Chromatic Aberration and Optical Power of a Diffractive Bifocal Contact Lens
Atchison, David A., Ye, Ming, Bradley, Arthur, Collins, Michael J., Zhang, Xiaoxiao, Rahman, Harun A., & Thibos, Larry N. (1992) Chromatic Aberration and Optical Power of a Diffractive Bifocal Contact Lens. Optometry and Vision Science, 69(10), pp. 797-804.
Although diffractive contact lenses have been well documented in theory, no definitive experimental data have been reported which confirm that the near image is in fact created by diffraction rather than by refraction. We have tested the diffraction hypothesis for one type of diffractive contact lens (the Hydron Echelon bifocal) experimentally by measuring its longitudinal chromatic aberration in isolation and when worn on the eye. The basis of this test is that, according to theory, diffractive lenses should have chromatic aberration which is opposite in sign to that measured for the eye. Objective measurements of chromatic aberration were made with a focimeter when the lens was in a wet cell. Subjective measurements were made with a Badal optometer when the lens was worn on the eye. Four control experiments were conducted to provide baseline measurements of the eye’s chromatic aberration, against which we compared the results obtained for the diffractive contact lens. The data were also compared with conventional measurements of refractive error obtained by standard subjective techniques and by an automated infrared refractor. Our results showed that the longitudinal chromatic aberration of the diffraction image of the Echelon bifocal lens was about one-half that obtained under the four control conditions: for the naked eye, for the nondiffraction image of the Echelon lens, or for either image of a refractive bifocal contact lens (CIBA Bisoft). These results are consistent with the theoretical prediction that the negative chromatic aberration of a diffractive contact lens should partially cancel the positive chromatic aberration of the human eye. Conversely, it would be difficult to explain these results on the basis of any other known technique for achromatizing the human eye. We therefore conclude that diffraction is responsible for one of the images formed by the Echelon bifocal lens.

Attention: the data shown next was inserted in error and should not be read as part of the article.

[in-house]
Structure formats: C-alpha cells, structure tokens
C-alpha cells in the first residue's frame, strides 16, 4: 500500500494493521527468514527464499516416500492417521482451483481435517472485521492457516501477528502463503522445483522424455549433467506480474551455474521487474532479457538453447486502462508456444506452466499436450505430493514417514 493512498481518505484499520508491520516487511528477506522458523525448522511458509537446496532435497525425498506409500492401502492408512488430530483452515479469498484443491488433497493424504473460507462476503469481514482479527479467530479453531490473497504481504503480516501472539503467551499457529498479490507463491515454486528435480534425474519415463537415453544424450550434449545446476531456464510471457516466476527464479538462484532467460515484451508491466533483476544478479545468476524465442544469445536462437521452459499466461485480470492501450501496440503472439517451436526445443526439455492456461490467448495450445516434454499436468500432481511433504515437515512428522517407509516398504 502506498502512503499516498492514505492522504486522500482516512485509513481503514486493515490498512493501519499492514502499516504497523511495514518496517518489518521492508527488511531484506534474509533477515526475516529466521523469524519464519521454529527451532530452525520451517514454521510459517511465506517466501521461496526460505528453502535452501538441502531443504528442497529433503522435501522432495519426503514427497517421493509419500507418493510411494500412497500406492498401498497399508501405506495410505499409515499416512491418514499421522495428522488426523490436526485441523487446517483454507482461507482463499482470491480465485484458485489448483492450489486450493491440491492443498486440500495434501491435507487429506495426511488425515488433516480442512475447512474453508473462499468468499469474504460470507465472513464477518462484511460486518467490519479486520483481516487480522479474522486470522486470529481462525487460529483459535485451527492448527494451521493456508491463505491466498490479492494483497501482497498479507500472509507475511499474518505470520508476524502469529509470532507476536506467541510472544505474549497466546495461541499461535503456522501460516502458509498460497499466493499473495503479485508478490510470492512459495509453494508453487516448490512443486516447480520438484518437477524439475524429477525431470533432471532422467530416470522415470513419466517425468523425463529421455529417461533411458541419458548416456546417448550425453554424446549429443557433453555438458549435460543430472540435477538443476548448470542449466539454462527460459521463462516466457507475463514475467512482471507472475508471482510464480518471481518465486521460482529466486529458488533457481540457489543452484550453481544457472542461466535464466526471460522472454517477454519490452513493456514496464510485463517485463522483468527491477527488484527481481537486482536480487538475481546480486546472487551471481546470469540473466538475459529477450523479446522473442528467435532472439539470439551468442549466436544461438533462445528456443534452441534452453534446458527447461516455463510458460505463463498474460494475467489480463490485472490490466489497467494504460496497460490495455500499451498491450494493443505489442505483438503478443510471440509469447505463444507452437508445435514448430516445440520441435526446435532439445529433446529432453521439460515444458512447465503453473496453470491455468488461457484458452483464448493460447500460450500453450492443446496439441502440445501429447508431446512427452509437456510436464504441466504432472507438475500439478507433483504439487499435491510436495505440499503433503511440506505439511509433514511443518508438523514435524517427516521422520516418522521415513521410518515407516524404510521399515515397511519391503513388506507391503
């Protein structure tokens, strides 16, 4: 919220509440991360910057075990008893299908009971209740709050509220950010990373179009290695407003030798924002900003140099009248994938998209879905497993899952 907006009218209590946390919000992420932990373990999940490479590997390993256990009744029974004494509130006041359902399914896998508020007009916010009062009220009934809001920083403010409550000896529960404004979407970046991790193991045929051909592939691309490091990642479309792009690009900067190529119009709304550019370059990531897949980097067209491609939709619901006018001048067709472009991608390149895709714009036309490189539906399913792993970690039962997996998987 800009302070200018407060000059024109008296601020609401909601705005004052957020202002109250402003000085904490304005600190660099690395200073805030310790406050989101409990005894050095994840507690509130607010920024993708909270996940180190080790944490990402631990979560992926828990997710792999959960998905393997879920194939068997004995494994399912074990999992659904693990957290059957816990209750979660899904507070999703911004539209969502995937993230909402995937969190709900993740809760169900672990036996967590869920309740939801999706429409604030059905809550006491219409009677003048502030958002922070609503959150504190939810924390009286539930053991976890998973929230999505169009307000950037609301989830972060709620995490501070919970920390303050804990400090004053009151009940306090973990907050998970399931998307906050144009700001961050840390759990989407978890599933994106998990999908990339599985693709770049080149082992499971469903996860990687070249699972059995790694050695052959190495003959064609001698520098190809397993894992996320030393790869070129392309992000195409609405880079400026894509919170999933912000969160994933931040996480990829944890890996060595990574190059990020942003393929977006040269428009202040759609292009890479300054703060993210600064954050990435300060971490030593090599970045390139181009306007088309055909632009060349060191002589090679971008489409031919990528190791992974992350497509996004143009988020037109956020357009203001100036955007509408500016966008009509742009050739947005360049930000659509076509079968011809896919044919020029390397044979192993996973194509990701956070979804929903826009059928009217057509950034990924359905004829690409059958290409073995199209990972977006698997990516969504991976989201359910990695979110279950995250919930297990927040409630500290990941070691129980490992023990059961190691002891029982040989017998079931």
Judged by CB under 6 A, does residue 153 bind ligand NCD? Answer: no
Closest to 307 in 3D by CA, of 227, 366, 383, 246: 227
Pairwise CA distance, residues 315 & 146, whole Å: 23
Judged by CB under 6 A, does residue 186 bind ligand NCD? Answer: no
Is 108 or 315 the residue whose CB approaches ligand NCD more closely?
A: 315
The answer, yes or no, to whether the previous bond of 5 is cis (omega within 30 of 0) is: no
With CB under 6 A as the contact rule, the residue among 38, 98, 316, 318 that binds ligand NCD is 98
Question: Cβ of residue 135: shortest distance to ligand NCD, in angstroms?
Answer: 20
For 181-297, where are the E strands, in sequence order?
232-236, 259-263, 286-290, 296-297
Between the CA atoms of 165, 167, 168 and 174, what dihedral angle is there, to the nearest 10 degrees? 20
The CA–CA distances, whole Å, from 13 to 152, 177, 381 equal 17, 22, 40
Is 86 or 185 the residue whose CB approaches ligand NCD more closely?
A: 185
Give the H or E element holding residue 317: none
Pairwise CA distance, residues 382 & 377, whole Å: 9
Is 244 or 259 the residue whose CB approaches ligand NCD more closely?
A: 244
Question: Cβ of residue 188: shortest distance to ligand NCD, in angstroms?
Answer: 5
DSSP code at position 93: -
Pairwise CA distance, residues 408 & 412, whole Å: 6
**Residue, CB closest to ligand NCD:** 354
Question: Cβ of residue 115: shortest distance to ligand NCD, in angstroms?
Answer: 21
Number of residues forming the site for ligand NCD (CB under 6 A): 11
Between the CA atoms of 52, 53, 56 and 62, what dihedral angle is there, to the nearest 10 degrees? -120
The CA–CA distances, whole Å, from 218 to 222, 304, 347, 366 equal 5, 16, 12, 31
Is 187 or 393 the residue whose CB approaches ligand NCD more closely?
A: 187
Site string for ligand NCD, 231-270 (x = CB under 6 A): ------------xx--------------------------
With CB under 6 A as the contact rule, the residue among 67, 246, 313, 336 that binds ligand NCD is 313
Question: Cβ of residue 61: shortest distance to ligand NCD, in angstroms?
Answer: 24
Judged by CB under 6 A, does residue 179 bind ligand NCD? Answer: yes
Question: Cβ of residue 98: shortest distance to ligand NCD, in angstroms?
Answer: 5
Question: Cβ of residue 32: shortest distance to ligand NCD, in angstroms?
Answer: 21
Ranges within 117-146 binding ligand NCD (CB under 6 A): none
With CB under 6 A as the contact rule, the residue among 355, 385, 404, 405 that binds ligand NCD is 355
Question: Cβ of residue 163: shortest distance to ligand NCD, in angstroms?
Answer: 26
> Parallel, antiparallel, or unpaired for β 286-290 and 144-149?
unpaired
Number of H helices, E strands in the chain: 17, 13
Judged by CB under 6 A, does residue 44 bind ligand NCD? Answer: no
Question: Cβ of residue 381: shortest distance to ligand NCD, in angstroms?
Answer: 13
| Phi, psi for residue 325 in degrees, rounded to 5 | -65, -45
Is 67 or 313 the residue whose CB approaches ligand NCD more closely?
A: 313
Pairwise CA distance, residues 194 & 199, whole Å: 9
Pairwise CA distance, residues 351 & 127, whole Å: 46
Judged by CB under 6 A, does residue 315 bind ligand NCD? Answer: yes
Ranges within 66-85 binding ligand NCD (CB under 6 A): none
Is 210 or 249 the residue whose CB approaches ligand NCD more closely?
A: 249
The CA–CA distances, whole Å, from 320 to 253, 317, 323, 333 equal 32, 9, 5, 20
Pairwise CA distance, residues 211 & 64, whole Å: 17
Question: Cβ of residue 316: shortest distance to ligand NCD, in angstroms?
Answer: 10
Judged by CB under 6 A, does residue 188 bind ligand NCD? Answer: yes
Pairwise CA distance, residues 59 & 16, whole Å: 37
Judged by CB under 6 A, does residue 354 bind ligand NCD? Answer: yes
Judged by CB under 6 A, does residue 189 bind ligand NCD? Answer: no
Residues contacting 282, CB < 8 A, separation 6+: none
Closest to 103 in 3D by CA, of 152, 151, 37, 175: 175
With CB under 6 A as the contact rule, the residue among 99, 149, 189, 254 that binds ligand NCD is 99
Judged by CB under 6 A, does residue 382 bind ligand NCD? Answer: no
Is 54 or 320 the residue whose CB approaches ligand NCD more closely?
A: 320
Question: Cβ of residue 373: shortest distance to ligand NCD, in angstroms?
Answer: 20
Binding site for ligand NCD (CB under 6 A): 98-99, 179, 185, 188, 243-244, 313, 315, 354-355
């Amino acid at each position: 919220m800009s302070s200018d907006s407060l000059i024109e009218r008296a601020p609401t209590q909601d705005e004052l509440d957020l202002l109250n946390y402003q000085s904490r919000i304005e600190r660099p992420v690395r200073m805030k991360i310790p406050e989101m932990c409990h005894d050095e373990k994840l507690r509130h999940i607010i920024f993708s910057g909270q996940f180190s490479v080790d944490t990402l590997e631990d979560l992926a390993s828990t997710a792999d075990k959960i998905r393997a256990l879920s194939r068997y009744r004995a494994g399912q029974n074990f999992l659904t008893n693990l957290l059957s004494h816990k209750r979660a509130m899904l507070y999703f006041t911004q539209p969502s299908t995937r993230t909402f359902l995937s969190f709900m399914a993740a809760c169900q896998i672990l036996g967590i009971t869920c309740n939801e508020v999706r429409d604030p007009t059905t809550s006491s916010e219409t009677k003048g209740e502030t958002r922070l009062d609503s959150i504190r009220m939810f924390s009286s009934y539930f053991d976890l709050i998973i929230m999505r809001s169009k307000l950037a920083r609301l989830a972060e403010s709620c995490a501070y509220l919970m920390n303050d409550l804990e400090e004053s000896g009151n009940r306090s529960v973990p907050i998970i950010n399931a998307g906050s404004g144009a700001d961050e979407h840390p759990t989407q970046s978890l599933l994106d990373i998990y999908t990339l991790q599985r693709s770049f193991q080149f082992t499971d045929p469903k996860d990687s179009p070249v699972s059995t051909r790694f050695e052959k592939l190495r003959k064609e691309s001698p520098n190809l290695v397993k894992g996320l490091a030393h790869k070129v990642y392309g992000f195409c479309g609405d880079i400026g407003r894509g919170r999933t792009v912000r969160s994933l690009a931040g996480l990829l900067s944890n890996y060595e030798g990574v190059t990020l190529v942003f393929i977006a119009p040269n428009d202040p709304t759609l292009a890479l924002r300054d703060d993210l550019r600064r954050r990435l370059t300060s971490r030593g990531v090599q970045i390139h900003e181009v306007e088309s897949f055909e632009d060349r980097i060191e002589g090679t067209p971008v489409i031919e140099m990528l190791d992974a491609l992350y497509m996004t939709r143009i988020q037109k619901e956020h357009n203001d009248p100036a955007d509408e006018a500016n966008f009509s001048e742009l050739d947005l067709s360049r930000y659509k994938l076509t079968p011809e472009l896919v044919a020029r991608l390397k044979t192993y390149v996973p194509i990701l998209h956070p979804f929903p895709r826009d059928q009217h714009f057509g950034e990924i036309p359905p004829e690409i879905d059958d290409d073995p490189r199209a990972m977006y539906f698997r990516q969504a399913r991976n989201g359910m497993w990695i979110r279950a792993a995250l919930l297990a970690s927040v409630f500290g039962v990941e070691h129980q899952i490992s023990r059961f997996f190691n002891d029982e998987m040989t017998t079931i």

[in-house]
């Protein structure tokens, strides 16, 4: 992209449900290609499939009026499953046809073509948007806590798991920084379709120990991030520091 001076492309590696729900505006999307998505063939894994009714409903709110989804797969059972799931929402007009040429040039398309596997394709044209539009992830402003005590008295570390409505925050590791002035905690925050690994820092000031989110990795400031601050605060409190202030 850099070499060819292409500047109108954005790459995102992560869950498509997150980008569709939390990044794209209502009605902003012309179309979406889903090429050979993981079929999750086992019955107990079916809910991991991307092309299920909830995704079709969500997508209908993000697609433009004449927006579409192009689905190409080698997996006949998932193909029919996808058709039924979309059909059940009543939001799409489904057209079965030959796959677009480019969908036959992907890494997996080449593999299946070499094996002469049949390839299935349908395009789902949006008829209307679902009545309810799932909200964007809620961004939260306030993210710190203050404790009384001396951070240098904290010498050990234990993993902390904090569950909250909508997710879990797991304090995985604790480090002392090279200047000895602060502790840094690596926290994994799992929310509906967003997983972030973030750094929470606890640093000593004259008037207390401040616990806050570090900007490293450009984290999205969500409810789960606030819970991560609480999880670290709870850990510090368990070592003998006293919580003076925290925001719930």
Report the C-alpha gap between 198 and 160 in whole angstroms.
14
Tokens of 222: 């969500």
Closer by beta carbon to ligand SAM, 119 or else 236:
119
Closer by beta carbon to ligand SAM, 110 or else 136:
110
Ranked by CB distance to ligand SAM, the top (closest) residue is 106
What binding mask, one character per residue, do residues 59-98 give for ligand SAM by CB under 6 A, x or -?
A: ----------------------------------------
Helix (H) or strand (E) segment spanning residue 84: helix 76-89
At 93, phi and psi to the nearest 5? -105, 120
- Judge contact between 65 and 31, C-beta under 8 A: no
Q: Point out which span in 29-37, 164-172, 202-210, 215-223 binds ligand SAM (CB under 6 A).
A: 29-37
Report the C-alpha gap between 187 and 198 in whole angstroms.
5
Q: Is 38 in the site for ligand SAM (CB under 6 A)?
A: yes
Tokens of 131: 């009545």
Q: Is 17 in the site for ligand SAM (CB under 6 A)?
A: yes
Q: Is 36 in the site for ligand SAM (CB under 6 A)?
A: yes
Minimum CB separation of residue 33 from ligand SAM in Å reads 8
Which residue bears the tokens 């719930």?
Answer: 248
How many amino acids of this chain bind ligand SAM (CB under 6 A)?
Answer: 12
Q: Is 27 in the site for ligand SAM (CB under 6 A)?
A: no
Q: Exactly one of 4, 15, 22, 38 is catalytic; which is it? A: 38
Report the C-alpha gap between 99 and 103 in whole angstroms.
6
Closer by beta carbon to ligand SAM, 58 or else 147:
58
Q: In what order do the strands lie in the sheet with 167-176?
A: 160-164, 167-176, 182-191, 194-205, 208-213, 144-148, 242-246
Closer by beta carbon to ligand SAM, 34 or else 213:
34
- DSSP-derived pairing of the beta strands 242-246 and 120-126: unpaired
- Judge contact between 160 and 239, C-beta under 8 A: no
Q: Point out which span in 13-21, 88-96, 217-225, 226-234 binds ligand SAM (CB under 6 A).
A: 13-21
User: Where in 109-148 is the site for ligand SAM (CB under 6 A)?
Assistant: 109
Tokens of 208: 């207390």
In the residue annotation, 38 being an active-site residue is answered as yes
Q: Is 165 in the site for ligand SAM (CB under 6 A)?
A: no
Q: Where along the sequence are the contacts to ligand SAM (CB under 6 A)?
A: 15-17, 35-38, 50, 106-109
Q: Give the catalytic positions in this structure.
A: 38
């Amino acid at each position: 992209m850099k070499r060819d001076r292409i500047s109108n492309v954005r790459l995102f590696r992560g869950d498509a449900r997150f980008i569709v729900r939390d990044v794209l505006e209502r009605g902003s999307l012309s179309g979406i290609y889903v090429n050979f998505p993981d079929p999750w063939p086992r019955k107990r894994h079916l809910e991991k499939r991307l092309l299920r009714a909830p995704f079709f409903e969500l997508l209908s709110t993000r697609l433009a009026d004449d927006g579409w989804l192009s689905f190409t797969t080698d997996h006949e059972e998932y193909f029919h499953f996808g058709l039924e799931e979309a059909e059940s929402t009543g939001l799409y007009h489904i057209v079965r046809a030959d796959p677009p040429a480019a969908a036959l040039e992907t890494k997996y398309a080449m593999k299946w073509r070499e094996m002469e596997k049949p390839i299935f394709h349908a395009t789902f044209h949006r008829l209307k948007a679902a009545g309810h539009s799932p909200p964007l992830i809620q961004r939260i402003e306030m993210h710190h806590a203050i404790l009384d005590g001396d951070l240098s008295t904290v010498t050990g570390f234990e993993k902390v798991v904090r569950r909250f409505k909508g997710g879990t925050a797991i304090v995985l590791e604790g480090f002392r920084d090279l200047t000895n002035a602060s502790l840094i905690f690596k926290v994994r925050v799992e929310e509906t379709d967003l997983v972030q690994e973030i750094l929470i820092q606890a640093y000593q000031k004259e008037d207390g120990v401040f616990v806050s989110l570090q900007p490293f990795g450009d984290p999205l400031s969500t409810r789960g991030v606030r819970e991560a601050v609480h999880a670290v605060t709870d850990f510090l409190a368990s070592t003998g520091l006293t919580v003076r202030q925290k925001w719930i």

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|Item Type:||Journal Article|
|Additional Information:||The contents of this journal can be freely accessed online via the journal’s web page (see link) 12 months after publication. For more information, please refer to the journal’s website (see link) or contact the author. Author contact details: email@example.com|
|Keywords:||autorefractor, bifocal, chromatic aberration, contact lens, diffractive bifocal, eye, simultaneous vision bifocal|
|Subjects:||Australian and New Zealand Standard Research Classification > MEDICAL AND HEALTH SCIENCES (110000) > OPTOMETRY AND OPHTHALMOLOGY (111300)|
|Divisions:||Current > QUT Faculties and Divisions > Faculty of Health|
Current > Institutes > Institute of Health and Biomedical Innovation
|Copyright Owner:||Copyright 1992 Lippincott Williams & Wilkins|
|Deposited On:||28 Sep 2006|
|Last Modified:||11 Aug 2011 03:50|
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